In a strategic shift, Apple Inc. has postponed its highly anticipated electric vehicle launch from the initial target of 2026 to 2028, according to sources cited by Bloomberg. The delay reflects the tech giant’s grappling with the complexities of transitioning from consumer gadgets to the automotive industry.
Internally known as Project Titan, Apple has been discreetly working on its electric car initiative since 2014, investing hundreds of millions of dollars in development. Despite the substantial investment, the company is yet to produce a prototype, facing internal team restructuring and leadership changes over the years.
The challenges of developing an electric car have proven more arduous than anticipated for Apple, leading to a downgraded timeline for the vehicle’s launch. Originally aiming for a “level four” autonomous driving capability, where the car operates autonomously in most conditions, Apple now plans to roll out the vehicle with “level two” autonomy. This level, akin to Tesla’s Autopilot technology, enables the car to perform certain maneuvers independently, such as braking, lane changing, parking, or motorway driving, while the driver retains control.
The shift in strategy has prompted Apple to consider introducing additional autonomous features through post-launch upgrades. This marks a significant reduction in the project’s initial ambitions, where Apple had explored the possibility of a car devoid of a traditional steering wheel and pedals.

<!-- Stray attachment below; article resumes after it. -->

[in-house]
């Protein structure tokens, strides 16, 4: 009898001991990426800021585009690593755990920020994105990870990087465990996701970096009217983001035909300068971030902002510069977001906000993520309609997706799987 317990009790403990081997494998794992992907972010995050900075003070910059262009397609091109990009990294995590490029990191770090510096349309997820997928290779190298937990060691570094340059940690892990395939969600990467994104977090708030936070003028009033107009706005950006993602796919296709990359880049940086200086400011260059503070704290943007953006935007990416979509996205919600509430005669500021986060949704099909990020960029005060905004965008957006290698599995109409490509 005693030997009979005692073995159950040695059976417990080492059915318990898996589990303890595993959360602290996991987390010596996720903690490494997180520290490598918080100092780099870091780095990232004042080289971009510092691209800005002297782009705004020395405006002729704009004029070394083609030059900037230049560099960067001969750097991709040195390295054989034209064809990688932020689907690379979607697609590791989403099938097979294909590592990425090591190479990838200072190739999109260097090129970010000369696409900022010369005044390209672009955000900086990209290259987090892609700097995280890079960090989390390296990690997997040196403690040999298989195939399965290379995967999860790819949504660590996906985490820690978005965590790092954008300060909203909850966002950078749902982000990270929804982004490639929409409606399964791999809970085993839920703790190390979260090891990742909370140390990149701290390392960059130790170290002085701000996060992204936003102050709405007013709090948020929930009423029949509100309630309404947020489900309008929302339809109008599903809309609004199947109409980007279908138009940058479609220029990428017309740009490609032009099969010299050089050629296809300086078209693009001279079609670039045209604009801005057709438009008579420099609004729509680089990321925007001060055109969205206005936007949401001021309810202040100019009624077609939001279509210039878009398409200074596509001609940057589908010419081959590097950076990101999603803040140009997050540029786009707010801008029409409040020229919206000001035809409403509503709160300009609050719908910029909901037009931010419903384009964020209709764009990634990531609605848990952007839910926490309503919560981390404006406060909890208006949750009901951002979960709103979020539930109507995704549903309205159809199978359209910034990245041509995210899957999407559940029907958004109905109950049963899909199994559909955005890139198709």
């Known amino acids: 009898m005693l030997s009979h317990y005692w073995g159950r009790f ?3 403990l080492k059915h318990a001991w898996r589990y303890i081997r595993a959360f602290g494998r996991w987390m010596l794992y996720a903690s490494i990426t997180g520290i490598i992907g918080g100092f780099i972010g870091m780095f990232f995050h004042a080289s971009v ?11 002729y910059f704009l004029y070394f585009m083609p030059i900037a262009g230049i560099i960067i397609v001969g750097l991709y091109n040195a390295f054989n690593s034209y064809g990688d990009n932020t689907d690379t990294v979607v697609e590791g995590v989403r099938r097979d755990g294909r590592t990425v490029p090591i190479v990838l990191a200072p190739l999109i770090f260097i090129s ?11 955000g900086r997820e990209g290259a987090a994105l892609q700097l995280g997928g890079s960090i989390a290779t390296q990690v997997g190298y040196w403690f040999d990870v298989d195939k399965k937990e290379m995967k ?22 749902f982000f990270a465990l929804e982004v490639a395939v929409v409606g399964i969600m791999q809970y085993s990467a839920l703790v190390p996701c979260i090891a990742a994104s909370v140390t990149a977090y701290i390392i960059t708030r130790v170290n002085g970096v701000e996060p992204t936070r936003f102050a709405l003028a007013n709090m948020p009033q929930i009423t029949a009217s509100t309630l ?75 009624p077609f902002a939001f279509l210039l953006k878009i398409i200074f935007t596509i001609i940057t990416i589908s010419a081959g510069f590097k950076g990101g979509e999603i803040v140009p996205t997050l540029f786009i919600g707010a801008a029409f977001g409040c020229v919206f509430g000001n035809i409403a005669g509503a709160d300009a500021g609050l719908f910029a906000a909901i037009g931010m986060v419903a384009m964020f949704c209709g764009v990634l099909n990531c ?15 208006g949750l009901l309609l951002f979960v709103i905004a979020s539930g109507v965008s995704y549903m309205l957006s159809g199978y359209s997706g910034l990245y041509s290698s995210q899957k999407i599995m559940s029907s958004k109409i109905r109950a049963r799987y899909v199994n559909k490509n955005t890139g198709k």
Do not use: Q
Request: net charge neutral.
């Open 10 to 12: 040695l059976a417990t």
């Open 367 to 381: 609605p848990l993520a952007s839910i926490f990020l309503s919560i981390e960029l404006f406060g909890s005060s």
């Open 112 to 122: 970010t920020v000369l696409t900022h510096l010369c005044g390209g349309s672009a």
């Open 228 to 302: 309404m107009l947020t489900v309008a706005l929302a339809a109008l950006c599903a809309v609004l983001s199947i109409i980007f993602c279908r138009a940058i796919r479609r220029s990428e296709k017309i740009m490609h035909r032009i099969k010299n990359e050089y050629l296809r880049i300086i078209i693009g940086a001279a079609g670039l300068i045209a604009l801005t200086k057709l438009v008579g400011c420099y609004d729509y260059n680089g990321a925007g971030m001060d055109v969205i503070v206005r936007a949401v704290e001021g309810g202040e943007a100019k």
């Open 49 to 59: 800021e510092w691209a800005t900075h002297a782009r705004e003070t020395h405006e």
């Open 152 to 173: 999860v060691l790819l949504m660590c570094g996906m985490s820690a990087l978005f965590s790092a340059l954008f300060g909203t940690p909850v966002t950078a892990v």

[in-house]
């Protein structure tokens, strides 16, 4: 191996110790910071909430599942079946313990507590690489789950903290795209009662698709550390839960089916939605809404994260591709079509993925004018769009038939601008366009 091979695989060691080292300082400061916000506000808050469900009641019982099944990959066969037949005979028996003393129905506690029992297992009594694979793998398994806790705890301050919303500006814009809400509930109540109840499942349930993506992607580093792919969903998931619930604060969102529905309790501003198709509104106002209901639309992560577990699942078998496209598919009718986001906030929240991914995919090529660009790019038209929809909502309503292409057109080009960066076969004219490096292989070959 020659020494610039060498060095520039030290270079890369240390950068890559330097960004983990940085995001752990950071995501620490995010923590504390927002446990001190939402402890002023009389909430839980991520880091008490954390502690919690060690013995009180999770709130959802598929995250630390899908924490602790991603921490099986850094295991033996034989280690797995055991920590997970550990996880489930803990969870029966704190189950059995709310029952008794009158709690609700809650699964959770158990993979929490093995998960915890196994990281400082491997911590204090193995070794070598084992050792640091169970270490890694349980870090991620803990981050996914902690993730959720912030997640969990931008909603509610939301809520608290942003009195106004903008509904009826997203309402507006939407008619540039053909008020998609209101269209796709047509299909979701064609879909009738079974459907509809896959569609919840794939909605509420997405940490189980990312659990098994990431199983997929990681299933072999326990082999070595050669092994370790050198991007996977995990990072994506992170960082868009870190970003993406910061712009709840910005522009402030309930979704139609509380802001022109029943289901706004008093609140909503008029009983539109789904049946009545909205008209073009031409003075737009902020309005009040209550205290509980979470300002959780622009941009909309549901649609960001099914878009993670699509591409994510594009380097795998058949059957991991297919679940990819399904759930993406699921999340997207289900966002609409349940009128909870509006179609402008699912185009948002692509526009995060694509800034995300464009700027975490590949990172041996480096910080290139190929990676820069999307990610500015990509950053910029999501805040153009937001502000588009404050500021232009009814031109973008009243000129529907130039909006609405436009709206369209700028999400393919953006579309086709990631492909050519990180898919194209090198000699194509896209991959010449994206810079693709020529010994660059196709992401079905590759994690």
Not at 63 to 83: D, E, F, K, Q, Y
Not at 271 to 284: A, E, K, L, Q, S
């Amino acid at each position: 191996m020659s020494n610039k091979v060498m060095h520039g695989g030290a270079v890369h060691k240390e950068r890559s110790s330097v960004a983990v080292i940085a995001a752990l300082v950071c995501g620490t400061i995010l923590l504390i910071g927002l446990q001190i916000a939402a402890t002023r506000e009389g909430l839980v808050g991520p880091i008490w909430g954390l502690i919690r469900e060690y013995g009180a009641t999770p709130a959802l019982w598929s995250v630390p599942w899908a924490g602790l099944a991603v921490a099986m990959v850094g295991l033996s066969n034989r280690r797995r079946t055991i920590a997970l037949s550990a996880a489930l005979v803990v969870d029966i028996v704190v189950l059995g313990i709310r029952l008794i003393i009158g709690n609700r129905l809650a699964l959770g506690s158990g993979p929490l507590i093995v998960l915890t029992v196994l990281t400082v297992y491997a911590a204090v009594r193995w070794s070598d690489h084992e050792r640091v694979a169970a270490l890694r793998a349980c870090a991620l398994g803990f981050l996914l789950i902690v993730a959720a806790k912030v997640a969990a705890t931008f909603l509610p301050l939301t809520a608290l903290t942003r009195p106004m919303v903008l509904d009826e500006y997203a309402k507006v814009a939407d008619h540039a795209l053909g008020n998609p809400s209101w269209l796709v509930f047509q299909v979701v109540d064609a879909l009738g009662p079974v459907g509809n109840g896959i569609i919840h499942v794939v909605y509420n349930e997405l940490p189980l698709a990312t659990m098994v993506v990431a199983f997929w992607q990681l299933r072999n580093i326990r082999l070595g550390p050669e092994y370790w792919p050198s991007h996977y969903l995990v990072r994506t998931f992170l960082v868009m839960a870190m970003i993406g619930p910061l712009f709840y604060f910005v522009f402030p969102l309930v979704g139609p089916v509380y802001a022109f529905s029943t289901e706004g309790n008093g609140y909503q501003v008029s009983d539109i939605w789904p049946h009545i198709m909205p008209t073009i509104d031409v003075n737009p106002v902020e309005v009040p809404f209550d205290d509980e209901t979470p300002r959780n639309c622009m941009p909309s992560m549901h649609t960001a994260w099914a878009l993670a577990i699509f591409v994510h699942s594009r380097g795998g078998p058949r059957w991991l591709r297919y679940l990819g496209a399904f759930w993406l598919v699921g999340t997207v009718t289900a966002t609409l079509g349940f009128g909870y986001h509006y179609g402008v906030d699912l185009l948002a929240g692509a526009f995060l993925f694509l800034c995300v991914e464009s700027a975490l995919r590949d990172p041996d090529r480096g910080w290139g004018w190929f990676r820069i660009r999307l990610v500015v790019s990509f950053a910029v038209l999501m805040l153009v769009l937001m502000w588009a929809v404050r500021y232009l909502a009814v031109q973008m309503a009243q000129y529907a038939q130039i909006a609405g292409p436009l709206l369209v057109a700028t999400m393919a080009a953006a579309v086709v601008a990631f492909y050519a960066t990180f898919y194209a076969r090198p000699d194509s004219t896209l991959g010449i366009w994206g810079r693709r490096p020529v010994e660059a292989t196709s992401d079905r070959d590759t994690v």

Sources indicate that Apple’s board, including CEO Tim Cook and project head Kevin Lynch, faced scrutiny over the car plans last year. This alteration in approach represents a pivotal moment, as the board weighs the decision to intensify efforts toward launching the car or potentially discontinuing the project entirely. Apple has reportedly engaged in discussions with European car manufacturers to explore collaborative possibilities.
While not having manufactured a car, Apple has been actively testing autonomous driving technology on California streets, deploying a fleet of Lexus SUVs. The company registered a total of 67 vehicles with the California Department of Motor Vehicles last year. Apple has also been offering in-car software, such as CarPlay, a hands-free system linking to iPhones, available on numerous models from manufacturers like BMW and Ford.
This strategic move into the automotive sector aligns with Apple’s broader quest for new avenues of growth, as it seeks to replicate the success of the iPhone, launched in 2007. Additionally, the company recently ventured into virtual reality technology with the unveiling of its Vision Pro headset earlier this month. The adjusted timeline for the electric car launch suggests Apple’s cautious approach in navigating the challenges of the rapidly evolving automotive landscape.